deep-slab-icon• Read your local advisory carefully for information on the distribution of this layer and think about where it existed before it got buried.
• When sensitive, very conservative decision-making is crucial. Stick to lower angle terrain (under 30 degrees) and be mindful of what’s above.
• Often times, before the layer fully heals, we enter a period of “low probability, high consequence”, meaning there’s a smaller chance you’d trigger it, but if you do, there’s a big price to pay.
• With this in mind, even when the layer is beginning to stabilize, try to avoid steep slopes with this structure. Your best bet is to read into the advisory to get an idea of where this layer exists (aspect and elevation) and avoid steep terrain in these areas.
• Stay away from rocky slopes or areas of shallower snow, as the weak layer is closer to the surface, and can be easier to trigger.
• Remote triggers are possible with this layer, so be aware of what’s above and be careful of runouts (especially if cracking/collapsing is experienced).
• Keep in mind that large avalanches mean safe zones must be selected carefully. These are the kind of slides that can run full path and are very destructive.

How to look and test a deep slab

deep-slab2

Example of deep slab pit analysis. Photos courtesy of Sawtooth National Forest Avalanche Center (sawtoothavalanche.com).

• Field observations become difficult, even for experienced professionals.
• Snowpack tests become less useful.  When a layer is that deep, tapping on a shovel is not always going to produce results. Instead, you can focus on structure, so dig just to look for the layer and check for hardness.
• Signs of natural avalanches as well as cracking or collapsing while touring certainly are indicators, although these signs won’t always be present.

Tips: Deep slabs can often produce “false stable” snowpack test results (ECT or CT), meaning the lack of failure in your tests make the conditions look more favorable than they actually are. Instead, if the structure is present (slab over weak layer), one could assume it’s possible to trigger in the right spot. Until the weak layer actually becomes stronger and firmer, it should not be trusted.

Disclaimer: Although characteristic, these descriptions are general, so make sure to read into any specifics mentioned on your local advisory. Also, this is just one piece of the puzzle, so remember to factor in the hazard rating and any field observations.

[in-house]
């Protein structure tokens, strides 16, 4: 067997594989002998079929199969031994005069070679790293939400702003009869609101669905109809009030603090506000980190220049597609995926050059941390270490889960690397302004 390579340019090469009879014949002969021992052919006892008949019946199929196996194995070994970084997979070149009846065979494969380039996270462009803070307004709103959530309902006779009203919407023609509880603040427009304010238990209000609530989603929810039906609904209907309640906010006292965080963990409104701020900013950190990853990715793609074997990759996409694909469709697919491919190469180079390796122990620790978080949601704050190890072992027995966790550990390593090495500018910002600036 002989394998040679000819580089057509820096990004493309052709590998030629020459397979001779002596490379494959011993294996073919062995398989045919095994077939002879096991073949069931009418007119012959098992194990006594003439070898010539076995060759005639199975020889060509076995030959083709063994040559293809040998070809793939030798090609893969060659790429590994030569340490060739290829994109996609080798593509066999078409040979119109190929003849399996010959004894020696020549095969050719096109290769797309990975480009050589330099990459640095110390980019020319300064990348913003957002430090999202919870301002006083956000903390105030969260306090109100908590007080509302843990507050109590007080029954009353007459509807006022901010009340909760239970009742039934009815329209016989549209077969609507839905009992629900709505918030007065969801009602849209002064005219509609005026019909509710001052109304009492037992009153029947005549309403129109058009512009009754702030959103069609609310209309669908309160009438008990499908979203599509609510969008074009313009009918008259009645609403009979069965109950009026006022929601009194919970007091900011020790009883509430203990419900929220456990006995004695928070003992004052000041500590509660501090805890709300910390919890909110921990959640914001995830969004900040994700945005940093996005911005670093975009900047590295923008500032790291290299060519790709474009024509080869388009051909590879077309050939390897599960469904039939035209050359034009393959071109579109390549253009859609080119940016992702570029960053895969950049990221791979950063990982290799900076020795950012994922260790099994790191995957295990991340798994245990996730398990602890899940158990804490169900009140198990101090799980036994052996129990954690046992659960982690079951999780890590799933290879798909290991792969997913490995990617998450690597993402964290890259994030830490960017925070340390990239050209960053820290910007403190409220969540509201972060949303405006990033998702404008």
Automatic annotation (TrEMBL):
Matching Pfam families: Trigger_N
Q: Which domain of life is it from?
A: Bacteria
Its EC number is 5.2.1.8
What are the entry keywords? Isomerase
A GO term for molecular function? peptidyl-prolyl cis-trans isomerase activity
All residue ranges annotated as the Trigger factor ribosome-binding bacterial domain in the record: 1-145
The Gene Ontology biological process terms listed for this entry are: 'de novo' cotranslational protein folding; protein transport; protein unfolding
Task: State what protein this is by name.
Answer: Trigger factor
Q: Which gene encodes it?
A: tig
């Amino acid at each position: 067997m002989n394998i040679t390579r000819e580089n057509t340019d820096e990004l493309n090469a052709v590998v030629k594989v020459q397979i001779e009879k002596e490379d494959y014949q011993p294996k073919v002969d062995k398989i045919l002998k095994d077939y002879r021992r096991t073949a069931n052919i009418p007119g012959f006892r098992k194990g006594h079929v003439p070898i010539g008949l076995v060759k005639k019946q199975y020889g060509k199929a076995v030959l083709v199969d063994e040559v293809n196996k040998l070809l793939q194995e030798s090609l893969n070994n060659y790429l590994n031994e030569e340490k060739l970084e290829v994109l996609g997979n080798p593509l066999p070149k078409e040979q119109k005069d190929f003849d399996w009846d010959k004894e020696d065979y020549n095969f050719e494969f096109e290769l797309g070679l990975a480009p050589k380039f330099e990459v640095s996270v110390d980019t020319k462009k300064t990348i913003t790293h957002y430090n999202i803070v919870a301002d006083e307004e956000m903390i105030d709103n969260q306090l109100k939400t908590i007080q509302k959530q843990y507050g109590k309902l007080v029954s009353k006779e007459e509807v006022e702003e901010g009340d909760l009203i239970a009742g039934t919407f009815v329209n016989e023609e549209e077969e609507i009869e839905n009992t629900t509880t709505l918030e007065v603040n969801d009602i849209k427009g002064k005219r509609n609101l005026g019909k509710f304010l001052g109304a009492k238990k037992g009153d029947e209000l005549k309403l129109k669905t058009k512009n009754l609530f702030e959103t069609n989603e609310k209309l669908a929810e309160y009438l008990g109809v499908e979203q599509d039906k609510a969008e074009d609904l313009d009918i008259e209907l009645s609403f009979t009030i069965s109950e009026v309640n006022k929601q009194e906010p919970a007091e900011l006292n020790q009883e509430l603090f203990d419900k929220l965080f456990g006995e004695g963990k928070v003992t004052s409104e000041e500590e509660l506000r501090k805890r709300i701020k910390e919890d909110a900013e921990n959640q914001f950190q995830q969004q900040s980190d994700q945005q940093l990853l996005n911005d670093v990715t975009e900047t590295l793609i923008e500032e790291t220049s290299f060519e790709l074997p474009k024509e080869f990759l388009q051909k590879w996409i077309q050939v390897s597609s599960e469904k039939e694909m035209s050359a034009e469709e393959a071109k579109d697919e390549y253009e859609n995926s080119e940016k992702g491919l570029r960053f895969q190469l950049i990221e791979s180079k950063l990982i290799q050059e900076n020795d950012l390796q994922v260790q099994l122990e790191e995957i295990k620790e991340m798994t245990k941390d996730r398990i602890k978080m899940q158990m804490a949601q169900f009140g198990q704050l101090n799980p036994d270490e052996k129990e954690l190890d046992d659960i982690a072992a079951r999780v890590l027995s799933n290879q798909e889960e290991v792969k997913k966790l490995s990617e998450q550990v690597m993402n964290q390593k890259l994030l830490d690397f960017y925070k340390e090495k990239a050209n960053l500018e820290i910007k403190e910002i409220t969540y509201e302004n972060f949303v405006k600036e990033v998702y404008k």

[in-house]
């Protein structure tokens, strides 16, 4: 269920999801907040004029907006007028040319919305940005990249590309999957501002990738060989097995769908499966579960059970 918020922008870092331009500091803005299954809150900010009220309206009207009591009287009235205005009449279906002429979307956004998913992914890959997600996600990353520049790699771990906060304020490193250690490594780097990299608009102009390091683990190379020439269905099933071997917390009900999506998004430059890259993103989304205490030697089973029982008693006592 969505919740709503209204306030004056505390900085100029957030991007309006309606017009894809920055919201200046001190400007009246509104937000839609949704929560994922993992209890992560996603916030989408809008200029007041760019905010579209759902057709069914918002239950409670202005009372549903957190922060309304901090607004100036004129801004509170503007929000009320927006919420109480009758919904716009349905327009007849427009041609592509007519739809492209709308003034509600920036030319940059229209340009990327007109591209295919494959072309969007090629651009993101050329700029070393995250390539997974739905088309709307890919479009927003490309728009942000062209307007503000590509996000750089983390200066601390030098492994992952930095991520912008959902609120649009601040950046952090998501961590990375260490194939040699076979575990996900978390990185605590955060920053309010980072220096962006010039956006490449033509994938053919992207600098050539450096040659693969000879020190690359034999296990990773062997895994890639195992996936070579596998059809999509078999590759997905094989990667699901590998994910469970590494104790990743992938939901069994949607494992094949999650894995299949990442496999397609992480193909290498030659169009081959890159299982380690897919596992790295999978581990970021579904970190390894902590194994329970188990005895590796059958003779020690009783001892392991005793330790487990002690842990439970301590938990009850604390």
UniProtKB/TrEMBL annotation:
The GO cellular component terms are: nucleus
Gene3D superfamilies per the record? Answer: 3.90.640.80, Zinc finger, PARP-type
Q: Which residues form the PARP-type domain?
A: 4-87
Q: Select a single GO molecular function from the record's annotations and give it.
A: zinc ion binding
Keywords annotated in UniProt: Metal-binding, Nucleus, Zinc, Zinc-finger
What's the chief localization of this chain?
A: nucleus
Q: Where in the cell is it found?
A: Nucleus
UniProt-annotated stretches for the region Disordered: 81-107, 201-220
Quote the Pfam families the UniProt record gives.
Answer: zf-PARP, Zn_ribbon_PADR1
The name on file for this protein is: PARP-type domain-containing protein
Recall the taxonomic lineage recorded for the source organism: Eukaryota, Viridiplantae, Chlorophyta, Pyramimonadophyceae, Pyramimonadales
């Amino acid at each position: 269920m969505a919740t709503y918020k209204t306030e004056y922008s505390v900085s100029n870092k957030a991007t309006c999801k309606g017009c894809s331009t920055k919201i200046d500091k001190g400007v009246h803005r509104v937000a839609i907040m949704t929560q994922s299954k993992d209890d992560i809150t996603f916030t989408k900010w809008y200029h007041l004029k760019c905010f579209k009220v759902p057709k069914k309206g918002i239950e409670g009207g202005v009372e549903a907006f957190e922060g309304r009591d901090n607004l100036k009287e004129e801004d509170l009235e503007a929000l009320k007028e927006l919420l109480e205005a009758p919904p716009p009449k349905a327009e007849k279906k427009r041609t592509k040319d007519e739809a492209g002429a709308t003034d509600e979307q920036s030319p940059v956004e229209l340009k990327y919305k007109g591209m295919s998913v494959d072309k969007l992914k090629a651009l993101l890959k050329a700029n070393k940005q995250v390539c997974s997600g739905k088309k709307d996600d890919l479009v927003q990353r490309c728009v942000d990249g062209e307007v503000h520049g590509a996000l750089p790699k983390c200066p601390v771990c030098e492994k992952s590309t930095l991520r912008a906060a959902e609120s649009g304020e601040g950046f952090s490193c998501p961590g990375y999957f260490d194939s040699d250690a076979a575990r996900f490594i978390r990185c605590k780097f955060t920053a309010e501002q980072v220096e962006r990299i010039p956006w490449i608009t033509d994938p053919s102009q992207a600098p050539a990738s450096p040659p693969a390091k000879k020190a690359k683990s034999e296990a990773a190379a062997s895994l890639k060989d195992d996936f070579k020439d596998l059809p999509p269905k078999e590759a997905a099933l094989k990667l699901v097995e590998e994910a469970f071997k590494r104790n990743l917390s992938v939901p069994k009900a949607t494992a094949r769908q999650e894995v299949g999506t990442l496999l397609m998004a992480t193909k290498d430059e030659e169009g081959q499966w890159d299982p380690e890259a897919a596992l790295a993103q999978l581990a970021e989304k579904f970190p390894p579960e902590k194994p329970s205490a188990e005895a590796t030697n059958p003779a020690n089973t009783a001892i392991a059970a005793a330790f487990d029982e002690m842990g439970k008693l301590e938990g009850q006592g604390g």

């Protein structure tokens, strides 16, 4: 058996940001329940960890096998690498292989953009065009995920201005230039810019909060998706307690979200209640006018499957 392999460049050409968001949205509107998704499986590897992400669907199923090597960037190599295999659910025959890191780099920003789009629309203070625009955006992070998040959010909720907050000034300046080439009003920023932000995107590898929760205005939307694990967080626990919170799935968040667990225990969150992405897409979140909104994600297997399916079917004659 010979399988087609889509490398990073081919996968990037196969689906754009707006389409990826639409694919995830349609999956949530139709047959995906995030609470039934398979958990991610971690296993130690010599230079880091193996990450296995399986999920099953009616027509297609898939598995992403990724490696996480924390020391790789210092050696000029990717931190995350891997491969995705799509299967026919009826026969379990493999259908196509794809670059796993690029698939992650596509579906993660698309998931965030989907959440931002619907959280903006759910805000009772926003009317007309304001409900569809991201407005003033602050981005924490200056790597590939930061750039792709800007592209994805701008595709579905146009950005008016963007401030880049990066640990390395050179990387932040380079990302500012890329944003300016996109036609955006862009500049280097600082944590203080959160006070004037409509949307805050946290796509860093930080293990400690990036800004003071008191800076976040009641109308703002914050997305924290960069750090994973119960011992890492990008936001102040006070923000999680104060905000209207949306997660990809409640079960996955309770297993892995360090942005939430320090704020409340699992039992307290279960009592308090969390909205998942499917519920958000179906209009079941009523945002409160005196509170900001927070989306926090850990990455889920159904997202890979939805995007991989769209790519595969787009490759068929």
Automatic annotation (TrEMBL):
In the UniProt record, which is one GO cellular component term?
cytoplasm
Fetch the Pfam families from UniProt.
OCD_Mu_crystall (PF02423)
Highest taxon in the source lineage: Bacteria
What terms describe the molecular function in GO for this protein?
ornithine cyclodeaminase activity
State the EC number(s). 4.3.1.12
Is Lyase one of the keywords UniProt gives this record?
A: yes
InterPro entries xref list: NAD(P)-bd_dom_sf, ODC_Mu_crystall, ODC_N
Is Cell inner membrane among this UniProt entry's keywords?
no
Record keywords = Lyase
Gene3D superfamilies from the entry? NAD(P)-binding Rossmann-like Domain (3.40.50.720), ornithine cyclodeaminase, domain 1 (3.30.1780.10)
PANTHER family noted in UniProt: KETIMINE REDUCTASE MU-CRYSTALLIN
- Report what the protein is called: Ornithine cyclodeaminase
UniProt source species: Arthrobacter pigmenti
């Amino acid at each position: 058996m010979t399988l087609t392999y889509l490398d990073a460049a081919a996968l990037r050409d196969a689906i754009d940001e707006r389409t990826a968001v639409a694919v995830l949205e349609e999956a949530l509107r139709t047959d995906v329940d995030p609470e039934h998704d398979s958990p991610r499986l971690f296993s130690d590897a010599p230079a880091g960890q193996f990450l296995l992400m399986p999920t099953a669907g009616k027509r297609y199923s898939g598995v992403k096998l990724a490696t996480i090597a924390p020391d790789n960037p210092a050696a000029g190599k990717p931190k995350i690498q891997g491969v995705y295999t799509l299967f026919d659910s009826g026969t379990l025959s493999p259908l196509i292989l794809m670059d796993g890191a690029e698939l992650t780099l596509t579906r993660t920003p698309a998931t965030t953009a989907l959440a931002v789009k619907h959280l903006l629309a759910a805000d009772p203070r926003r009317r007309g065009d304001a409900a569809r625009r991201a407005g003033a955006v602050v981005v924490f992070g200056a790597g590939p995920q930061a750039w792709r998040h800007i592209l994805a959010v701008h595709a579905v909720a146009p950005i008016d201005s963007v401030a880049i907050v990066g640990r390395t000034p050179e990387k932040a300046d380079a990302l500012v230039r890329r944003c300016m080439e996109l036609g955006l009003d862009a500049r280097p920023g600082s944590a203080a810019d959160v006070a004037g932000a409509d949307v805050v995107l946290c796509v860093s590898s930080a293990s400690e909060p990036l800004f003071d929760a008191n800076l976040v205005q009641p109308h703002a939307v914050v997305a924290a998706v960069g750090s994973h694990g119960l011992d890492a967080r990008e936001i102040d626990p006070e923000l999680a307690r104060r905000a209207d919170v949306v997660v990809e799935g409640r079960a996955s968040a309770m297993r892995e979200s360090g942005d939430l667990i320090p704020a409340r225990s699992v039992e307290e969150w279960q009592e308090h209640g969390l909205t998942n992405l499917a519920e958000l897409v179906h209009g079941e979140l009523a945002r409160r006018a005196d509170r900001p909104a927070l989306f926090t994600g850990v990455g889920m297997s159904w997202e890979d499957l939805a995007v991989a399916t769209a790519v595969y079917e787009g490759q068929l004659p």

Find your local avalanche center: www.avalanche.org

Presented by Clark Corey
Splitboard Guide/Avalanche Educator

Avalanche Problem Web Series:
Part 2 – Persistent Slab

How to Apply the Avalanche Forecast to Your Riding

persistent-slab6For splitboarders venturing into the backcountry, information can be the difference between an epic day and tragedy.  In an effort to increase education and avalanche awareness, Spark R&D is presenting a 7-part web series called Avalanche Problems, which will explain the nationally standardized types of slides most commonly described in advisories by avalanche forecasters.  

Understanding the characteristics of each type will help to determine where avalanches are likely to occur and what kind of terrain should be avoided.  In today’s installment, we will cover Persistent Slab Avalanches.

Persistent slabs in a nutshell

persistent-slabWhen facets, depth hoar or surface hoar become buried, we are faced with an avalanche problem that can last for a long time and be widespread. The best strategy may be to seek out lower angle terrain until the layer has had time to heal. Be especially careful around trigger points, such as rocks, shallow spots and roll-overs. These slides are know for their ability to produce large avalanches.

What exactly is a persistent slab?

• A slab of cohesive snow (layer that is sticking together) that is sitting on top of a persistent weak layer.
• Examples of persistent weak layers include facets, depth hoar (developed facets) or surface hoar (frozen dew).
• These layers are all formed during periods of clear, calm and cold weather, and can be enhanced by shallow, early season snow, which is subsequently buried by following storms.
• Persistent slab conditions can produce large avalanches.
• Persistent weak layers are given this name for a reason:  When these layers form and get buried, they tend to last for weeks, or even months.
• Warm weather and time may eventually compact persistent weak layer, making them stronger.
• Be careful though, because more loading (new snow or wind), or drastic warm ups, can reactivate these weak layers.

Where you might find a persistent slab, and how to avoid them 

• Unfortunately, persistent weak layers can be widespread, meaning the layer exists on many slopes and elevations (although this depends on how exactly they were formed).
persistent-slab-icon• Assume the layer is everywhere unless the forecast mentions otherwise. Read your local advisory carefully for information on the distribution of this layer.